MGM is by its own choice gun-free — Nevada law does not mandate it. They failed to enforce that, with the result of numerous deaths and injuries. By simple logic, they are responsible for their failure. Government doesn’t enter into the equation at all.

      3. avatar ropingdown says:

        Mark, I’m not a tort lawyer, but I don’t agree with your assessment, and there are several reasons why. Primarily it is the apparent fact that Mandalay Bay management allegedly allowed its own protocols to be violated, and in a fairly egregious way, which indicates to me a major distinction when compared with Aurora: Mandalay sends staff to check on rooms for which the occupant has left a “Do Not Disturb” sign up for more than twelve hours. Paddock kept such a sign up for multiple days. Additionally, during the period during which such checks were routinely ordered, mechanical damage to the room and stairwell doors would have been visible. I’d bet (yeah, yeah) that plaintiffs attorneys can get to discovery. Further, the threat emanated from Mandalay Bay, not from the concert field. If I allow, even through mere negligence, someone to set up a cannon and blast grapeshot at the baseball team playing in an adjacent park, you can assume I’ll face liability if credible proof of my negligence is proffered.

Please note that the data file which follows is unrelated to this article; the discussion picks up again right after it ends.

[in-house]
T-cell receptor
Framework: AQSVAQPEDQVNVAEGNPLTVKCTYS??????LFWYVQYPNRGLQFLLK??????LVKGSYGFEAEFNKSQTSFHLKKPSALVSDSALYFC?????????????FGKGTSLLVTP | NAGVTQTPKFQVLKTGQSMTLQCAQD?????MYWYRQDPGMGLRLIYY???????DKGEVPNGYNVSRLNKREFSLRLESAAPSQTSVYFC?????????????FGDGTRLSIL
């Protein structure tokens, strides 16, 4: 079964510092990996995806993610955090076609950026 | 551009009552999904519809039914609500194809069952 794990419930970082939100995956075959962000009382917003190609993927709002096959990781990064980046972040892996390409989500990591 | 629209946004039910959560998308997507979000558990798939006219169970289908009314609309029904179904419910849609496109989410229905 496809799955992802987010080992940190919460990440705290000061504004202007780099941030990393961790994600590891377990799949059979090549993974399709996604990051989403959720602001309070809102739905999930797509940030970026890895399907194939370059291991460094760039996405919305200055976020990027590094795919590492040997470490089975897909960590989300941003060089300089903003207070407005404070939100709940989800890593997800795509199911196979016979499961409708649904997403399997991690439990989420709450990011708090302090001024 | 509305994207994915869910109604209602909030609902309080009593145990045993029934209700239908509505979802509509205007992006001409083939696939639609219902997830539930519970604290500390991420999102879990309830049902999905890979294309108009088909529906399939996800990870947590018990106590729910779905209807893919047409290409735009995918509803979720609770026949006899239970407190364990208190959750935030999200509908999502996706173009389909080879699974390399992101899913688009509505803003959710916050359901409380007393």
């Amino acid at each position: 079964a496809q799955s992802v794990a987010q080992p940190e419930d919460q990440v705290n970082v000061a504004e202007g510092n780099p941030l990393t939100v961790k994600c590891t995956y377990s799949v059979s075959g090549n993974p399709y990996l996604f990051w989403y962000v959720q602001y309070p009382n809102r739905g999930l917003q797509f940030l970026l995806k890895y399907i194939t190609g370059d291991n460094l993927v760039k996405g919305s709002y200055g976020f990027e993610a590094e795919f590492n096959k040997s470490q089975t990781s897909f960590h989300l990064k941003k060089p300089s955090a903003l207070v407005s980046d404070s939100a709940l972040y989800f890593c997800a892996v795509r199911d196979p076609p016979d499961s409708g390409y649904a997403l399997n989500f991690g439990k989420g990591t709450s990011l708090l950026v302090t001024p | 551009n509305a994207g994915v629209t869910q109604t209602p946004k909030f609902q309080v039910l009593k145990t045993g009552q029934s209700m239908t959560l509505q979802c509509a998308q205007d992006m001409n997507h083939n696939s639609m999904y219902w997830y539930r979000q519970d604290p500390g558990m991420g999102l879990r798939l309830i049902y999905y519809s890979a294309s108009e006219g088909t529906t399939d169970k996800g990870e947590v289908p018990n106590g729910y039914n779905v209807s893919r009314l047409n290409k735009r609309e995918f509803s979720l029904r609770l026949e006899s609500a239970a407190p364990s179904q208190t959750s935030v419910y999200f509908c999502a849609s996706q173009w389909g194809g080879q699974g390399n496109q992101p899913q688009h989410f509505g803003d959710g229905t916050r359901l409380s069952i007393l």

4. avatar Shire-man says:

    Ellen themed slot machines? Just when I thought gambling and gamblers couldn’t be any sadder.

  5. avatar Accur81 says:

    I find it unacceptable that a casino with millions of dollars of cameras and security equipment, that won’t so much as allow you to whisper on the gambling floor, may have been so inept in this incident. Of course TTAG is happy to bash cops, and there are very few here who actually are able to question the massive potential failures of the private security guard(s) / guard system. Schools are strapped for cash, and it is forgivable (to an extent, anyway) that they have crappy security. Casinos are flush with cash. If I ran a casino there would be armed guards, ballistic shields, and much shorter response times to incidents on my own property.